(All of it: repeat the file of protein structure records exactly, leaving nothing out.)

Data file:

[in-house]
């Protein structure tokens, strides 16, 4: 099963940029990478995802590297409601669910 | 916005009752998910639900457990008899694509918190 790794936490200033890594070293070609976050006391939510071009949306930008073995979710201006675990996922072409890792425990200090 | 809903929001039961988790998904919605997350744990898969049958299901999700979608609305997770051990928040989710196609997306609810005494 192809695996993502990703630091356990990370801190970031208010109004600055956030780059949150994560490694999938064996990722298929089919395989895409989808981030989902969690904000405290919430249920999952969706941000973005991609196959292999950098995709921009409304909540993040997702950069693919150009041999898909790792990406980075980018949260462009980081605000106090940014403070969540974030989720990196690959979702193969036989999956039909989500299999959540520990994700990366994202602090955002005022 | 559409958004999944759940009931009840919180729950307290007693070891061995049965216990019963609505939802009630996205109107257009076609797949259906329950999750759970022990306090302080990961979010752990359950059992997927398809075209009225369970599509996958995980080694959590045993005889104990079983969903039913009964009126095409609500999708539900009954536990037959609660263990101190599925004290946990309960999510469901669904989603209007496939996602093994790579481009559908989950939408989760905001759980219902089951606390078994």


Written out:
[in-house]
């Protein structure tokens, strides 16, 4: 099963940029990478995802590297409601669910 | 916005009752998910639900457990008899694509918190 790794936490200033890594070293070609976050006391939510071009949306930008073995979710201006675990996922072409890792425990200090 | 809903929001039961988790998904919605997350744990898969049958299901999700979608609305997770051990928040989710196609997306609810005494 192809695996993502990703630091356990990370801190970031208010109004600055956030780059949150994560490694999938064996990722298929089919395989895409989808981030989902969690904000405290919430249920999952969706941000973005991609196959292999950098995709921009409304909540993040997702950069693919150009041999898909790792990406980075980018949260462009980081605000106090940014403070969540974030989720990196690959979702193969036989999956039909989500299999959540520990994700990366994202602090955002005022 | 559409958004999944759940009931009840919180729950307290007693070891061995049965216990019963609505939802009630996205109107257009076609797949259906329950999750759970022990306090302080990961979010752990359950059992997927398809075209009225369970599509996958995980080694959590045993005889104990079983969903039913009964009126095409609500999708539900009954536990037959609660263990101190599925004290946990309960999510469901669904989603209007496939996602093994790579481009559908989950939408989760905001759980219902089951606390078994």